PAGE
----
Tips to help land your first design job
You're fresh out of school after receiving your degree as graphic design major, and now you're seeking your first job as a designer. What are some steps you should take that will position yourself to attain the graphic design job you desire?
Step 1: Identify
The IDEO or Creative "T" Skill is a model used to help creative people identify what level they are on. First you start off as a Beginner, then graduate to Intermediate, next to Advanced level, and finally you become an Expert. If you're a recent college grad or looking to land your first full-time creative position you're typically considered a beginner. So as a beginner, it is key that you identify what your strengths are. Have one identified core strength that you're able to communicate when creating a portfolio, applying for a position, and interviewing for a company. For example, if you excel at creating awesome hand drawn logos then that's an identity you should showcase in your portfolio. Make sure that when presenting yourself to a future employer that you don't overwhelm them with everything you create. What's the difference between a pizza restaurant and a buffet that features pizza? One communicates a clear identity for one specialized food. Present your identity and what you excel at.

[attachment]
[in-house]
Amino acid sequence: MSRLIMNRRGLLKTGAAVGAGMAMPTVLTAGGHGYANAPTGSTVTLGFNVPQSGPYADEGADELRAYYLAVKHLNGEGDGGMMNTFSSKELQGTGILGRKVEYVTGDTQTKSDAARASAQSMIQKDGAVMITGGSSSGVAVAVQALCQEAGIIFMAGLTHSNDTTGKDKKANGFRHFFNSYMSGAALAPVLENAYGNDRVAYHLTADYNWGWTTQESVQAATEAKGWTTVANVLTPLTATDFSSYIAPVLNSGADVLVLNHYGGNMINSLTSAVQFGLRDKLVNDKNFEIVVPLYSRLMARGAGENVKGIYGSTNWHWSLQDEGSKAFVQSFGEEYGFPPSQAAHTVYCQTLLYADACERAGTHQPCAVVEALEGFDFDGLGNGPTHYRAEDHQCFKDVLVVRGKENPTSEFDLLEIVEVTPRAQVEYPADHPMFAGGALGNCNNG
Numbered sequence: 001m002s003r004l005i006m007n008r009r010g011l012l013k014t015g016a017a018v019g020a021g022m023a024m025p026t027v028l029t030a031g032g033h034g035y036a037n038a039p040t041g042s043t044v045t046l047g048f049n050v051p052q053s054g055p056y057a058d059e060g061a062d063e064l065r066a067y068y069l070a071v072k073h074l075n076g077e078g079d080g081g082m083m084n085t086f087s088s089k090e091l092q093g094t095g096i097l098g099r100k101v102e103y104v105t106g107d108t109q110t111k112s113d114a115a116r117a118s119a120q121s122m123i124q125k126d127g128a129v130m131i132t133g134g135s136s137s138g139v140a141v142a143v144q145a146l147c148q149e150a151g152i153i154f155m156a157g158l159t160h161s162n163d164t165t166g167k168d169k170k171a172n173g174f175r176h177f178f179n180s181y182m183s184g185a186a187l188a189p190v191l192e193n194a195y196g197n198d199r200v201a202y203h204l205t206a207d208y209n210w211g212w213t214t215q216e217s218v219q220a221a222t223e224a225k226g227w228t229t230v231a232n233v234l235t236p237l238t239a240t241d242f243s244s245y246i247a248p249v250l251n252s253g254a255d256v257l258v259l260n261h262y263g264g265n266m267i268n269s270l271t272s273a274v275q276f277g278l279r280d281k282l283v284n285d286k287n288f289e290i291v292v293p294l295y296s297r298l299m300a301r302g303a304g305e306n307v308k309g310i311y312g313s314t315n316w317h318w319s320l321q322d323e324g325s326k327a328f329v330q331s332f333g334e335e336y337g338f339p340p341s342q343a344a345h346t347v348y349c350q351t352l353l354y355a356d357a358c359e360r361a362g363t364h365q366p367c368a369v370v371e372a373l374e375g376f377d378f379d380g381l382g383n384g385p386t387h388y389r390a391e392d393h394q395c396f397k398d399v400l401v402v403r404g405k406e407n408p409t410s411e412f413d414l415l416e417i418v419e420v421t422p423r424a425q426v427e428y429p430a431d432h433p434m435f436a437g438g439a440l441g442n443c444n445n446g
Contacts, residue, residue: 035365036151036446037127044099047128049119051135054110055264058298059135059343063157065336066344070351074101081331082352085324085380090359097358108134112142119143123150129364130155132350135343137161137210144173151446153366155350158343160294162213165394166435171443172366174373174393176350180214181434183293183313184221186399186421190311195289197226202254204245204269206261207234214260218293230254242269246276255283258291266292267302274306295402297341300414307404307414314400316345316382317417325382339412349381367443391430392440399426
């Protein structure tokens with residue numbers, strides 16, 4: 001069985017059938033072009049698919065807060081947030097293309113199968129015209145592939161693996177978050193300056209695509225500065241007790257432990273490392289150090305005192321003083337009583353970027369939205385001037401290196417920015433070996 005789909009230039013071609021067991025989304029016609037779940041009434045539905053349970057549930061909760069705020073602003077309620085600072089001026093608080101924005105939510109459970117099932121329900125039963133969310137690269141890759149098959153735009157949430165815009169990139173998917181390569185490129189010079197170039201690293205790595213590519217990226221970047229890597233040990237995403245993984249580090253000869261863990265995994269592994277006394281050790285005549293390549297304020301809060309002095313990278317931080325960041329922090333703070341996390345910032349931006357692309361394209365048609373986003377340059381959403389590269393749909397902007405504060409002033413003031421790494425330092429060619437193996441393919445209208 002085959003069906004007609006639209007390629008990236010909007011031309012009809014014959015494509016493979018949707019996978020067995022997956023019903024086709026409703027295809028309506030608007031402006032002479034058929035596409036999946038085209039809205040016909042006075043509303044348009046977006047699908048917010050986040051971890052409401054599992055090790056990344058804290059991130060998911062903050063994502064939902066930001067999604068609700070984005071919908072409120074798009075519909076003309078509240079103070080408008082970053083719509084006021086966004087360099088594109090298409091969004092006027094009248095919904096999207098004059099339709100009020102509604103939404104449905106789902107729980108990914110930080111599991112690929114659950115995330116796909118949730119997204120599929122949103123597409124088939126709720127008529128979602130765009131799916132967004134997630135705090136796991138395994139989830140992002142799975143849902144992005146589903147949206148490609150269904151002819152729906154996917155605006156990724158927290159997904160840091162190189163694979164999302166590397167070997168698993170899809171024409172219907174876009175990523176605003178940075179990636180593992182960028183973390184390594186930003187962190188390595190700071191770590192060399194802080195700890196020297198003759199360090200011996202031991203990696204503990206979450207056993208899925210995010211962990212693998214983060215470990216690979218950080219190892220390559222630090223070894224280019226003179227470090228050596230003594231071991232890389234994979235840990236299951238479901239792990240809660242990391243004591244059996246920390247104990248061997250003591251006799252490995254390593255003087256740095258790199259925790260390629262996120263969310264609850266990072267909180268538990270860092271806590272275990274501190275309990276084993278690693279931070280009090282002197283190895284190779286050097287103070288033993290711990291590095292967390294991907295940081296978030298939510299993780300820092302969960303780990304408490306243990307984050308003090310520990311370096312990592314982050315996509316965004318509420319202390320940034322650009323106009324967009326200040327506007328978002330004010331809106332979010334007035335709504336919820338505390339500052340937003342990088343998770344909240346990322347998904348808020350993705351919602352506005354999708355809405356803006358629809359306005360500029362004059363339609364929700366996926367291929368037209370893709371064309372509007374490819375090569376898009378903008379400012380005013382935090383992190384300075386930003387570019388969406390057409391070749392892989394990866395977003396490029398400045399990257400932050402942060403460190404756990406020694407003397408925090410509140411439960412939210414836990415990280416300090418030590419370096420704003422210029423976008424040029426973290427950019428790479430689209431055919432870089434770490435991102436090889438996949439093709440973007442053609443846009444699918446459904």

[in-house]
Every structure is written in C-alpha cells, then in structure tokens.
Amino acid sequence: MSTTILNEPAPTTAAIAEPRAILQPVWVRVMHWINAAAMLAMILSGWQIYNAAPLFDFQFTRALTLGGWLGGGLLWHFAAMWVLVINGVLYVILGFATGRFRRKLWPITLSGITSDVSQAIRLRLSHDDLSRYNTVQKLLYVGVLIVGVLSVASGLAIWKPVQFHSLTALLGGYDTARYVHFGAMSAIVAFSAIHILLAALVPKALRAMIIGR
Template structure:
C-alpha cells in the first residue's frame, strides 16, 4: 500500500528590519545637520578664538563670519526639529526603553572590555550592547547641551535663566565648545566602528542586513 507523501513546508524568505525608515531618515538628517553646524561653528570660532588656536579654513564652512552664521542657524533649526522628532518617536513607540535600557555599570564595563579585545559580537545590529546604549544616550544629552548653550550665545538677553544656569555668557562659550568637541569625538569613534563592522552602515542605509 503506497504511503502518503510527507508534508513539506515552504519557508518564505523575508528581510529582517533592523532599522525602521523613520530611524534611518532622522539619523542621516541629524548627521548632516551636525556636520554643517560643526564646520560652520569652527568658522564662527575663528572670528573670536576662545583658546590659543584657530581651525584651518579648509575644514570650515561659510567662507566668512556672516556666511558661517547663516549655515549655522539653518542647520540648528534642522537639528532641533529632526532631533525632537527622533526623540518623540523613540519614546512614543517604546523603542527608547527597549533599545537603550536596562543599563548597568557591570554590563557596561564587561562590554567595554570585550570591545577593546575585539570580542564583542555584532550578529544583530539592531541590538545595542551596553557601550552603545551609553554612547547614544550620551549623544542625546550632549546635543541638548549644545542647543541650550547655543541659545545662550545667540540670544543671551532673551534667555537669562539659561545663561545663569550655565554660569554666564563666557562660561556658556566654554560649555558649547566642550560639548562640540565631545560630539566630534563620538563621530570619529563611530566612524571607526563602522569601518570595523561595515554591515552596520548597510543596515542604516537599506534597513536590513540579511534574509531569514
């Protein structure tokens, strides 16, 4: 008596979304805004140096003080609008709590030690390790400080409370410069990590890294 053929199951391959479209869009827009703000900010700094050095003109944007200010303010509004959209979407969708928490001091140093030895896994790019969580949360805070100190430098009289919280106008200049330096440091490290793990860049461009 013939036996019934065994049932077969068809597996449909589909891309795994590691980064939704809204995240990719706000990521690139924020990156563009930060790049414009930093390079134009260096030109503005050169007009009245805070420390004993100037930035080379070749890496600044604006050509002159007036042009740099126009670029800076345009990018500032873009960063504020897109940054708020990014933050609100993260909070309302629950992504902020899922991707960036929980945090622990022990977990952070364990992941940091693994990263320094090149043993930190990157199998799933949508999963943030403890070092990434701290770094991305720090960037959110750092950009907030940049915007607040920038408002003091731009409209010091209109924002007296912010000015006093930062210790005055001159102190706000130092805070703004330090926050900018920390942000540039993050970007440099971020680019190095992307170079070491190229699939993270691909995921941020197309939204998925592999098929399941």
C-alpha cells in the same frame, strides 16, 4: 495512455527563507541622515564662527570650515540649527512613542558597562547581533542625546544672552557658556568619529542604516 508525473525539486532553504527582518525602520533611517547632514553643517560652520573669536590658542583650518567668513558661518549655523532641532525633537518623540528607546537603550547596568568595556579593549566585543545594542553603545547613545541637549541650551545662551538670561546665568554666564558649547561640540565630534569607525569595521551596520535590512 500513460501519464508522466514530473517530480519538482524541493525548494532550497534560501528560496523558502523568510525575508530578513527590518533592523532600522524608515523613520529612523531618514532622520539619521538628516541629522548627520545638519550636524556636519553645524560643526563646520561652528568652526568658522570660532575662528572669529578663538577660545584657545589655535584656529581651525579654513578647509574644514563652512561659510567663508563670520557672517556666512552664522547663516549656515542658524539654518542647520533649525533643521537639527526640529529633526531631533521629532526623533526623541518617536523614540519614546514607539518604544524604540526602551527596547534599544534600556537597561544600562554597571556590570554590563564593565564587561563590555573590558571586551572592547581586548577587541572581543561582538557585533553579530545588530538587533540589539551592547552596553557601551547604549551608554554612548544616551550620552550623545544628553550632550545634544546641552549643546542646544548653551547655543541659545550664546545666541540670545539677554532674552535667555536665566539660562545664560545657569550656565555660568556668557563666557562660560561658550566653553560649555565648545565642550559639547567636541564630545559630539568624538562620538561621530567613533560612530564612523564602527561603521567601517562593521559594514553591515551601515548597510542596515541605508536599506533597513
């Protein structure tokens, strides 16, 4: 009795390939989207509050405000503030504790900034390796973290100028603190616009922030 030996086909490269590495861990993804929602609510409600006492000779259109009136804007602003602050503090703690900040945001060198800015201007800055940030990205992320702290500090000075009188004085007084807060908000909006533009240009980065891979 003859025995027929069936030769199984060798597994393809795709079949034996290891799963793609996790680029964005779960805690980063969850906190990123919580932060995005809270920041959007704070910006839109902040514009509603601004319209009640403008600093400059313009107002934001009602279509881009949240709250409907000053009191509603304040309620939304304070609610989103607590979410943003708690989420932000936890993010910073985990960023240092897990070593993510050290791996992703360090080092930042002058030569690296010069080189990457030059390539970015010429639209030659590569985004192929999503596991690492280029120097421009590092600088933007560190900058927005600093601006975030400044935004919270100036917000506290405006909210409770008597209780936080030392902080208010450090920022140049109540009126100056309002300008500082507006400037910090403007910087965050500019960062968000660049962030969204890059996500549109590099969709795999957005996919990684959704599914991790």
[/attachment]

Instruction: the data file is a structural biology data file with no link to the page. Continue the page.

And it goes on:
Step 2: Edit
The reality for most employers is that they're usually flooded with many applications. This limits their ability to take time and fully look into each applicant one by one. Therefore, it's practical that you begin to simplify your portfolio. Having a short yet simplified portfolio helps the employer see the identity of the applicant. Many employers already have a clear idea of what they're looking for based on the position's requirements and what the previous employee provided for them. Having about 4-6 good portfolio pieces of your work is sufficient to communicate your design identity. This goes without saying; show your best work! In addition, it's a good idea if your portfolio follows a theme. This will show that you're not only a creative mind, but that you understand identity, branding, and marketing. A good example is showcasing a logo and the application of it to email blasts, web banners, business cards, and apparel items for a clothing company.
Step 3: Select
Finally, you should be honest and selective. Being honest with yourself goes back to the first step of your identity. Your confidence as a designer shows up when you're able to identify your design strengths. Next, you should be selective by carefully choosing what companies you apply to. Find a company that fits your personality, identity, and style as a designer. If you're an outstanding logo designer with a focus on clean design, then it's probably not a good idea to search for a design agency with a hipster aesthetic and brand. Keep in mind what your value would be for the company you're applying for. A boat company should not focus their marketing solely to residents that live in Arizona. The value of their product would mean much more to a Florida resident. So it becomes imperative that you research companies, analyze their identity and understand what you're value would mean to a company.
1) Identify and focus you skills.
2) Edit and simplify your portfolio to showcase your identity.
3) Be honest and selective to begin to look, think, and act like the designer you aspire to be.
Credit: Written and Updated by Jonathan Irving of JI Designs LLC on 01/16/21.